Okouchi’s decision to excise subplots, remove characters, and simplify the dialogue results in all of the compelling parts such as the supernatural elements, importance of class and politics in Midland, and the complex and richly detailed relationships are jettisoned. This means that what should be a compelling character study is shorn of all the profound emotional connections that holds an audience through the story. There is a lack of emotional depth, the story loses a lot of dramatic meaning and so events feel plot driven and that plot is boring. It seems like a perfunctory trip through stereotypical medieval action scenes. We should have reason to care that Guts and Casca grow closer whilst becoming independent of Griffith but it doesn’t quite come off and it is hard to tell this is happening from the limited time given to their development. The story relies on the audience inferring situations and developments with very little to go on in the first place thanks to hollowed out storytelling. The famous cave scene where Guts nurses Casca back to full health from her fever is limp rather than sensual. Despite their nakedness both physical and emotional there is a lack of erotic and psychological tension between the characters. Griffith’s near-suicidal battle tactics at Doldrey come off as foolhardy rather than well thought out. His tactics were originally based on an understanding of the psychology of the enemy governor as revealed in flashbacks to Griffith’s past encounters with the depraved old man but those were cut. Forget about character development for the rest of the Band of the Hawk beyond a few quips on the battlefield. Without the emotional beats of pre and post battle banter, confessions and arguments on balconies and just giving time for members of the Band of the Hawk to talk and act, the film loses a lot of emotional freight. What remains is a fearsome battle anime and as an action title it does a good job.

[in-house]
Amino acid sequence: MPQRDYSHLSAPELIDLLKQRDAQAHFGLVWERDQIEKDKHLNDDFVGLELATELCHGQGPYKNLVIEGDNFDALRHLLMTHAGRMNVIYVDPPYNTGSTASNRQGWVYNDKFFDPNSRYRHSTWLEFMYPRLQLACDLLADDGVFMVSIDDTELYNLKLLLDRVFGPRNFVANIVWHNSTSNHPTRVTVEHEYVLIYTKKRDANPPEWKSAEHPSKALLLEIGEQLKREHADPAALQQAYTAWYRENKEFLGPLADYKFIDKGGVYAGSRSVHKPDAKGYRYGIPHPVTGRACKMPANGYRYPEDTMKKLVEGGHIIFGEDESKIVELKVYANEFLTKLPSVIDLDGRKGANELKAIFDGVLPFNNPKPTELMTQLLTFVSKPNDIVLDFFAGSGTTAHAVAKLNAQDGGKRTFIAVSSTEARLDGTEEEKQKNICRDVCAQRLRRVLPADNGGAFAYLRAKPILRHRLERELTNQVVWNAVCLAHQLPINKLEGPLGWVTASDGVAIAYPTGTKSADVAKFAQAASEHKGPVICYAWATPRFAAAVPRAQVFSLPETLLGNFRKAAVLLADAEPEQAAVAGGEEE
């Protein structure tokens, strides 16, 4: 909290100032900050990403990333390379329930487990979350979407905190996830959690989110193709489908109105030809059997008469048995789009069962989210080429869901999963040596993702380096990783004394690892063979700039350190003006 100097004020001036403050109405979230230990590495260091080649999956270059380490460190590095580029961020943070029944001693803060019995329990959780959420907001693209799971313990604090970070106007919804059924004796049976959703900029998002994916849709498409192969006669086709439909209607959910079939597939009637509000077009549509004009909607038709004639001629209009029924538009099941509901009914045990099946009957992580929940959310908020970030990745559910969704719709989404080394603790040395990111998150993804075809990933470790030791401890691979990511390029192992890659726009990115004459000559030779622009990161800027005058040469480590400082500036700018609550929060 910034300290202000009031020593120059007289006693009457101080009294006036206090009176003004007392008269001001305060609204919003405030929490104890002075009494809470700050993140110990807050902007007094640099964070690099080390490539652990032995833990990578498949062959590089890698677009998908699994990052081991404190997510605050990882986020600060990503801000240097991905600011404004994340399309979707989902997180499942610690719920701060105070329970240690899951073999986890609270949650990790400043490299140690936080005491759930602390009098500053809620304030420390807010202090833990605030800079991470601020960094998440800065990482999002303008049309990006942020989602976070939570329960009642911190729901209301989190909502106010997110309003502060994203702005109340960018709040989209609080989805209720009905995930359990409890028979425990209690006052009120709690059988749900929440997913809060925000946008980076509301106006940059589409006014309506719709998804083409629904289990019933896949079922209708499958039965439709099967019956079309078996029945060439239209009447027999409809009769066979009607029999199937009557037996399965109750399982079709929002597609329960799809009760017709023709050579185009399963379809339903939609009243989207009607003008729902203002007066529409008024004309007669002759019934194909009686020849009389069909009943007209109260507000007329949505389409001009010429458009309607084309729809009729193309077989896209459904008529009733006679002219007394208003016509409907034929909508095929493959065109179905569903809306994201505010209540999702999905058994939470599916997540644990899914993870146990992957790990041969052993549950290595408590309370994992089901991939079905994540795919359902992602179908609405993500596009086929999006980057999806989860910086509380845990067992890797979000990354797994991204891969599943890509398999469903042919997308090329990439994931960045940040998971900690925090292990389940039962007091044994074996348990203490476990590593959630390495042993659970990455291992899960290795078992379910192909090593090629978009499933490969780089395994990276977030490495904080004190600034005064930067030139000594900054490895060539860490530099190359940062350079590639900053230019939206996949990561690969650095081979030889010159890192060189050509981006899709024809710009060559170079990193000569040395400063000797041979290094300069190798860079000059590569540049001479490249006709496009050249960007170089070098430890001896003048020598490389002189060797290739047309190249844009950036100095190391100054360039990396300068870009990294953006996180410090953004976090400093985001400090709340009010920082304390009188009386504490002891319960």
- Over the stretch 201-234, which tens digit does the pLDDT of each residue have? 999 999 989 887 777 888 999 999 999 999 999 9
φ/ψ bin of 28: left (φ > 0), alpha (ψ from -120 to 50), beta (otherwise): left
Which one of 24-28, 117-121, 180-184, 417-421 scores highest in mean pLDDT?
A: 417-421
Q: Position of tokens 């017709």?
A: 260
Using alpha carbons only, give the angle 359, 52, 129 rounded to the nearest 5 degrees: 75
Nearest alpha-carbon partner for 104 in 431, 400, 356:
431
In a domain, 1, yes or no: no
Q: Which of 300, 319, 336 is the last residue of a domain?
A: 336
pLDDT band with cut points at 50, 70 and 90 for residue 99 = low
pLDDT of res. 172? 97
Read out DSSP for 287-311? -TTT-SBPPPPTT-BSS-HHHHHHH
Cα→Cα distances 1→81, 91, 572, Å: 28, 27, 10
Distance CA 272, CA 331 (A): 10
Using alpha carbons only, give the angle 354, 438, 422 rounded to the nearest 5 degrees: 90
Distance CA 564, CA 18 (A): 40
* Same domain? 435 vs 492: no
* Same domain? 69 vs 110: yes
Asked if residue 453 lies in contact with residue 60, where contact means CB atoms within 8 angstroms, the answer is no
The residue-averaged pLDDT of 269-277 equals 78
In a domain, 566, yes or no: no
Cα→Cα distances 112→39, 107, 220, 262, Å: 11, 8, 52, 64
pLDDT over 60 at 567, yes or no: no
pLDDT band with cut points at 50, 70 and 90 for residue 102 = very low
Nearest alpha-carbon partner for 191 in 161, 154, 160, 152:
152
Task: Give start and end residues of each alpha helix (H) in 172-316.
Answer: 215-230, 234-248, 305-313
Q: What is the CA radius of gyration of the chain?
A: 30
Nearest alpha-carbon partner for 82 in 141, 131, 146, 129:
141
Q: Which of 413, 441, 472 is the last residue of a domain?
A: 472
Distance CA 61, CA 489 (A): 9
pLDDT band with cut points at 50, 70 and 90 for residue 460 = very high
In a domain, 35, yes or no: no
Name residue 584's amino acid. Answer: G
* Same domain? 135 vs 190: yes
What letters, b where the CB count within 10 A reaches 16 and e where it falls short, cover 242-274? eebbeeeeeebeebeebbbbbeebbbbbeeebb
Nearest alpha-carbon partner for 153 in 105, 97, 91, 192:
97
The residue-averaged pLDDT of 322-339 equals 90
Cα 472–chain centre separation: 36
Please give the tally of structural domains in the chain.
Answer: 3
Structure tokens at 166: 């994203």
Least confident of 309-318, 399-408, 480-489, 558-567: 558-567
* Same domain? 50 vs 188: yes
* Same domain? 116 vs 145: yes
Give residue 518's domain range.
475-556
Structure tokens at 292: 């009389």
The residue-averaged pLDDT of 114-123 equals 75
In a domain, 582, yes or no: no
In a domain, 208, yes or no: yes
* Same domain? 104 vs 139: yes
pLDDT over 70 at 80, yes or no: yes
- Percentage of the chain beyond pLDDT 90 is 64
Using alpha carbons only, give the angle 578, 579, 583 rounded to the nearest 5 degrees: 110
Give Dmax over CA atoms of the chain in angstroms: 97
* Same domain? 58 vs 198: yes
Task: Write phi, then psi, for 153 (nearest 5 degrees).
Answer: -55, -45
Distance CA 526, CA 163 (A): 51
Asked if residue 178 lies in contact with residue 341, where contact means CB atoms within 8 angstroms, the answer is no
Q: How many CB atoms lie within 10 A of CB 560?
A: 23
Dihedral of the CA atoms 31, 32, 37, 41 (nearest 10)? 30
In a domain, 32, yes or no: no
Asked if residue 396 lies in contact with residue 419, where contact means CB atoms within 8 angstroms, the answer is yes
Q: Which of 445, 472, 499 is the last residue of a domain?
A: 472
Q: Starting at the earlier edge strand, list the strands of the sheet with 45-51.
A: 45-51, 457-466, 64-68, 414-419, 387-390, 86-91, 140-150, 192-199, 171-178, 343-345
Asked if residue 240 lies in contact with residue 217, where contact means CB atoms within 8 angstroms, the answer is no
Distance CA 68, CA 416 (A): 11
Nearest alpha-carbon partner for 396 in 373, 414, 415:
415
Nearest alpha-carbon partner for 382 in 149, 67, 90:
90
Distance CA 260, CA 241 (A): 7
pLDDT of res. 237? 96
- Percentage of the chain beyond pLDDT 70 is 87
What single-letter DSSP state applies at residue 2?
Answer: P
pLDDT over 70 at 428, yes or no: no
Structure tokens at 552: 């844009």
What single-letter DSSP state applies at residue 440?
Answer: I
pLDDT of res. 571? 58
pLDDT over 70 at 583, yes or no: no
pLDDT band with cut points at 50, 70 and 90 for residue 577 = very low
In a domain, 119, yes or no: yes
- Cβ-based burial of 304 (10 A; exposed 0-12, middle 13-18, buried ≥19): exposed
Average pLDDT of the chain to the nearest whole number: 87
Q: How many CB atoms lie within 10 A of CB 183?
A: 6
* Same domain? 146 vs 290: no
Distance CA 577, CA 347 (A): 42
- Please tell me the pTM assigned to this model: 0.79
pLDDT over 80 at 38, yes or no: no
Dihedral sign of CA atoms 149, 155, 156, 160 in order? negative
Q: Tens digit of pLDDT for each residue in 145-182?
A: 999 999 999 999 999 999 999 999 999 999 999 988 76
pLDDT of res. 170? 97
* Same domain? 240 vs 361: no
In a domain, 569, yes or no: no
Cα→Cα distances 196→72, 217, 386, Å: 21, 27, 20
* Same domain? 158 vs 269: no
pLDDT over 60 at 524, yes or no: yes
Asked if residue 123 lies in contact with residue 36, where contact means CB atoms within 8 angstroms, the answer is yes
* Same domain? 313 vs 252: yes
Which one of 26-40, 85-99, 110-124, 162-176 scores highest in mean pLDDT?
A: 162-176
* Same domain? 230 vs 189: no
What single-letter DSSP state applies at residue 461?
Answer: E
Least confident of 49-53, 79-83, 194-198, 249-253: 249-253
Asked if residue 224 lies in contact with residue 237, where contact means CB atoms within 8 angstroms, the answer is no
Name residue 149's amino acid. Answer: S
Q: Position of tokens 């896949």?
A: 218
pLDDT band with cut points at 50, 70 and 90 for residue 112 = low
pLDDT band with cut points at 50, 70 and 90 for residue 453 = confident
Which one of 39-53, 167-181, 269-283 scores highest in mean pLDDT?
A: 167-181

Each slice of combat is blood-thirsty, sweat-stained and expertly framed. Sieges feature lumbering towers and ladders heading towards castle walls carrying soldiers who are toppling through the air as withering enemy fire punches holes in them. The sweeping cavalry battles are a real highlight with wide and low angle shots of framing Chuder’s heavy cavalry racing towards the heroes. The camera weaves in and out of these thunderous cavalry charges and races alongside arrows zooming through the air. Armies wheel across meadows, cavalry with their lances lowered and flags snapping in the wind, the thunderous sound of hooves and the equally thunderous sound of armoured knights hitting the dirt once they clash. Swords rending steel, blood curdling cries can be heard. Sword fights are breath-taking, especially Casca going one on one with an enemy general, dancing along Doldrey’s battlements! Blood spatters the camera, bodies are trodden under hooves, and the characters look magisterial as the sun glints off armour. The direction from Kubooka is fierce and fun, he knows how to show a battle and you never lose track of what is going on thanks to that skill. There is also the awesome scene where Guts fights against a hundred men where he dashes and slices his way through knots of crossbowmen and knights, taking out his foes like a berserker their bodies crumpling under his sword.
The actual animation itself still looks good although there will always be detractors who don’t like the CG. The character designs in close-up are well detailed and the landscapes they move through are beautiful at times. Not as beautiful as the first film but still enjoyable to looks at.
If this were about the fights and looks alone then this film would be impressive but it lacks in the story department. Perhaps a casual fan might enjoy this as an action romp but franchise fans will be disappointed because the emotional content is almost absent. That negativity doesn’t completely sink the film but the lack of investment in the drama is felt in the action.